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Hey I built a tanks and it runs on dc motors. I am powering these motors through my arduino but my arduino doesn't give off enough amps. How do I increase the amps?

Oh and i'm looking for the easiest way so please no expensive motor drivers.

Thanks smiley
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Use high current logic level N-channel mosfet transistors to switch motors on and off or variable speed with PWM commands. Arduino can drive the transistors but doesn't have to supply the high current the motors require. If however you require bidirectional motor control, forward and backwards, then there is a need to have H-drive motor controller.

It's hard to give specific device recommendations without knowing the motor voltage and maximum current requirements and how many motors are involved.

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Oh and i'm looking for the easiest way so please no expensive motor drivers.

Guess that just leaves the inexpensive motor drivers....
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Guess that just leaves the inexpensive motor drivers....

The cost of H-drive motor controllers is proportional to the power of the motor to be controlled. Without your motor's voltage and maximum current requirements known, it's hard for anyone to recommend anything.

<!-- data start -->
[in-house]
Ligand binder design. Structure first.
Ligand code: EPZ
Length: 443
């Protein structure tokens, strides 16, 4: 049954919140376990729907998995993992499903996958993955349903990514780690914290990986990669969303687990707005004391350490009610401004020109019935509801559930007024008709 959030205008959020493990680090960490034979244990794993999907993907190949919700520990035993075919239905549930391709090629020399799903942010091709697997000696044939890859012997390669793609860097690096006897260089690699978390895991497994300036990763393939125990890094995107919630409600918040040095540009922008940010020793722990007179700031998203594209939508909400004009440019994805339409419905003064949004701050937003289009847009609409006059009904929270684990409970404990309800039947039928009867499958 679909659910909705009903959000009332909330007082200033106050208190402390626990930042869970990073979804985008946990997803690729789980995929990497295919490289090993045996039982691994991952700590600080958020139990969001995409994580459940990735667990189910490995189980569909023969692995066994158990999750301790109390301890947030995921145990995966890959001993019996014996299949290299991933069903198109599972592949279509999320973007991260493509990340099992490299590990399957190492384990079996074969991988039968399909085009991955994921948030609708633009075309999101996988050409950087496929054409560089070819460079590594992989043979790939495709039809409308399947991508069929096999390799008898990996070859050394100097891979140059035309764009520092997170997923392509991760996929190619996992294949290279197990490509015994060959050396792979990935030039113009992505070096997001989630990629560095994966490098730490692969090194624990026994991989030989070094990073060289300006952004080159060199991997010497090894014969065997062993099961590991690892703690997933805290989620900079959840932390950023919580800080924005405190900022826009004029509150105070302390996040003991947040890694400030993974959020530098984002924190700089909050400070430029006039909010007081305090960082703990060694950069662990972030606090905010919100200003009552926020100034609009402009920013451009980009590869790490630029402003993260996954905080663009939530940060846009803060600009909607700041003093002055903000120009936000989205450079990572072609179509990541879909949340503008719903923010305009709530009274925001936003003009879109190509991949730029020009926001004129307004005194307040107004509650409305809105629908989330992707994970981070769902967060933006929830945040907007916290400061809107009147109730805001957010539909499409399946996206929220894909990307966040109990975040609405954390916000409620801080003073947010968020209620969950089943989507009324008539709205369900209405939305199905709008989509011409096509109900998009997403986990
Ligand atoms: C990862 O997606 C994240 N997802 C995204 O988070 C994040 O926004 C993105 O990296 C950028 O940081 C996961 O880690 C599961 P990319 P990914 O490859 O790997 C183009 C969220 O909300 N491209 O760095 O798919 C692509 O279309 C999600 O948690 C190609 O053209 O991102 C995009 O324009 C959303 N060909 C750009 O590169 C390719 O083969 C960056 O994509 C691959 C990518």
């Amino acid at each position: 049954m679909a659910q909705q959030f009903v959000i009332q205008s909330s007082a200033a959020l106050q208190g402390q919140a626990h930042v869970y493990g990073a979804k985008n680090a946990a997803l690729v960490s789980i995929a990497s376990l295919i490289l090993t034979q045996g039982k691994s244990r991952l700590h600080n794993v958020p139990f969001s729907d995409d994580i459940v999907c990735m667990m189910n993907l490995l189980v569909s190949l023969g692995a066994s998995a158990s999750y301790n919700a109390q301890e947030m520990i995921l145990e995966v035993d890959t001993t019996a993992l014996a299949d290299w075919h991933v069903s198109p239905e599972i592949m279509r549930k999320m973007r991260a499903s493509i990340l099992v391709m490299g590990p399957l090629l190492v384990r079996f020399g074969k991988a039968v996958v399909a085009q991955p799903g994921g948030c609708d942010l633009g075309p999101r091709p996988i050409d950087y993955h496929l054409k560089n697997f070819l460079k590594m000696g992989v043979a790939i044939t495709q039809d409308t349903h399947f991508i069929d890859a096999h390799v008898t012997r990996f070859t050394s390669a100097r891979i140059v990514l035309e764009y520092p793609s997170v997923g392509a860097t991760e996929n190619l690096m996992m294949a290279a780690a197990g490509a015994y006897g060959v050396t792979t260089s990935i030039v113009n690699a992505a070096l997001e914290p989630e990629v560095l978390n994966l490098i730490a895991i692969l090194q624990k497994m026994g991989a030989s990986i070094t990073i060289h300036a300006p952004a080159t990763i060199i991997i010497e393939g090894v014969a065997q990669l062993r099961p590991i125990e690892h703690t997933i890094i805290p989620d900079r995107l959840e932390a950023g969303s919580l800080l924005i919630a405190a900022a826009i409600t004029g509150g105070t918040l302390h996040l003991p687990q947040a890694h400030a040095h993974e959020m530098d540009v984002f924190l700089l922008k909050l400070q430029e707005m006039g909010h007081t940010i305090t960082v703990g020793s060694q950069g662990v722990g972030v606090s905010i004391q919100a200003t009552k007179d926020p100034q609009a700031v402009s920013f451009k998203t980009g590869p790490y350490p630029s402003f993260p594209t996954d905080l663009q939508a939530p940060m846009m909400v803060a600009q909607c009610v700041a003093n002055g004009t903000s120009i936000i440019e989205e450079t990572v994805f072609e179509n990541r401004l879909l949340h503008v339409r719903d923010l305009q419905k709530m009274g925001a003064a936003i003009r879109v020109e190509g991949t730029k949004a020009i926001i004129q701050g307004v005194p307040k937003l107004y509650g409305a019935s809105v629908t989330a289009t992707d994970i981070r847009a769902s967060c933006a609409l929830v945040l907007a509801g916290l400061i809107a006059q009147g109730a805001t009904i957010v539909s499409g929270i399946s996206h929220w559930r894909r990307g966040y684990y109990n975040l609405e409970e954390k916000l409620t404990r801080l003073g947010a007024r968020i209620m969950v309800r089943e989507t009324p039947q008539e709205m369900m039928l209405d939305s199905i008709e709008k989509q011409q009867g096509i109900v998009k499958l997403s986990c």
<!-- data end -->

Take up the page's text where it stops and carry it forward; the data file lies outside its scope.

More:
Lefty

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ok well the motor is the standard toy dc motor but i don't know the specifics heres a pic


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ok well the motor is the standard toy dc motor but i don't know the specifics heres a pic

You could probably get away with an L293 (~ 600 mA) or L298 (~ 2 Amp) h-bridge IC based controller. These ICs can drive up to two DC motors; the L293 can source up to 600 mA per motor, and can't be bridged (that is, you can only run two motors off one chip - you can use a single chip to drive a single motor such that you get double the current rating. However, I have heard of people "stacking" L293's to double the current, if needed.

The L298 can source up to 2 Amps per motor (depending on the variant - check the datasheet; IIRC, the L298N does 2 Amps) - or you can bridge the two outputs (thus only driving one motor) for up to 4 Amps, if needed. Note that it is best to get the L298 as a pre-built controller, it doesn't have a standard 0.1" pinout and -will not- fit on a breadboard (there are adaptors for it, though - see http://www.jrhackett.net/L298adapter.shtml).

To figure out what you need - first look on the motor (the plastic end-bell where the terminals are, mainly) - there may be a manufacturer name and model number there; these motors look like cheap Mabuchi hobby motors though, likely rated 3-6 volts DC at an outside max of 1 Amp stall current.

Put your multimeter in current measurement mode, and place the leads inline on the motor (DO NOT DO THIS IN VOLTAGE MODE!), then apply 3-6 volts and note the current consumption - that's your running current. Do the same, but grab the shaft to stall it - that's the "stall current" - or the maximum current you need to be able to supply. If it it greater than 600 mA, use an L298, otherwise use a L293.

Note, also, that you may need a heatsink on the motor driver IC if you are going to run the chips at anywhere near their maximum output - so keep that in mind as you test and shop.
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